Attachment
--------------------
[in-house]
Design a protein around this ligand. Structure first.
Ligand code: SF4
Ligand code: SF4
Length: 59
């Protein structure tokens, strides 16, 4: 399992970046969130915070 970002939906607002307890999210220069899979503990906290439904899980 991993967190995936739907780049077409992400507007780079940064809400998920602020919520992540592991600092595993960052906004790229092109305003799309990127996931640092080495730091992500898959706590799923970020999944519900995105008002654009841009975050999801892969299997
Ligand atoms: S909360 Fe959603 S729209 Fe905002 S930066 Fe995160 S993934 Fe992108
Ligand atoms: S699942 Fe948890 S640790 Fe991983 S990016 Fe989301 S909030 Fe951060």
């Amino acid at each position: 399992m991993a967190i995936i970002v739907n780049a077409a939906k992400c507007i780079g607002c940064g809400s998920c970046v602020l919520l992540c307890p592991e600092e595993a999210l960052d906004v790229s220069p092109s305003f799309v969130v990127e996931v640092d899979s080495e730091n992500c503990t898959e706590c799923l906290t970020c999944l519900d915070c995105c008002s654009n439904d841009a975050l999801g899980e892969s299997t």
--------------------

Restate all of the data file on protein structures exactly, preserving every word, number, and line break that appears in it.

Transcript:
[in-house]
Design a protein around this ligand. Structure first.
Ligand code: SF4
Ligand code: SF4
Length: 59
């Protein structure tokens, strides 16, 4: 399992970046969130915070 970002939906607002307890999210220069899979503990906290439904899980 991993967190995936739907780049077409992400507007780079940064809400998920602020919520992540592991600092595993960052906004790229092109305003799309990127996931640092080495730091992500898959706590799923970020999944519900995105008002654009841009975050999801892969299997
Ligand atoms: S909360 Fe959603 S729209 Fe905002 S930066 Fe995160 S993934 Fe992108
Ligand atoms: S699942 Fe948890 S640790 Fe991983 S990016 Fe989301 S909030 Fe951060």
């Amino acid at each position: 399992m991993a967190i995936i970002v739907n780049a077409a939906k992400c507007i780079g607002c940064g809400s998920c970046v602020l919520l992540c307890p592991e600092e595993a999210l960052d906004v790229s220069p092109s305003f799309v969130v990127e996931v640092d899979s080495e730091n992500c503990t898959e706590c799923l906290t970020c999944l519900d915070c995105c008002s654009n439904d841009a975050l999801g899980e892969s299997t």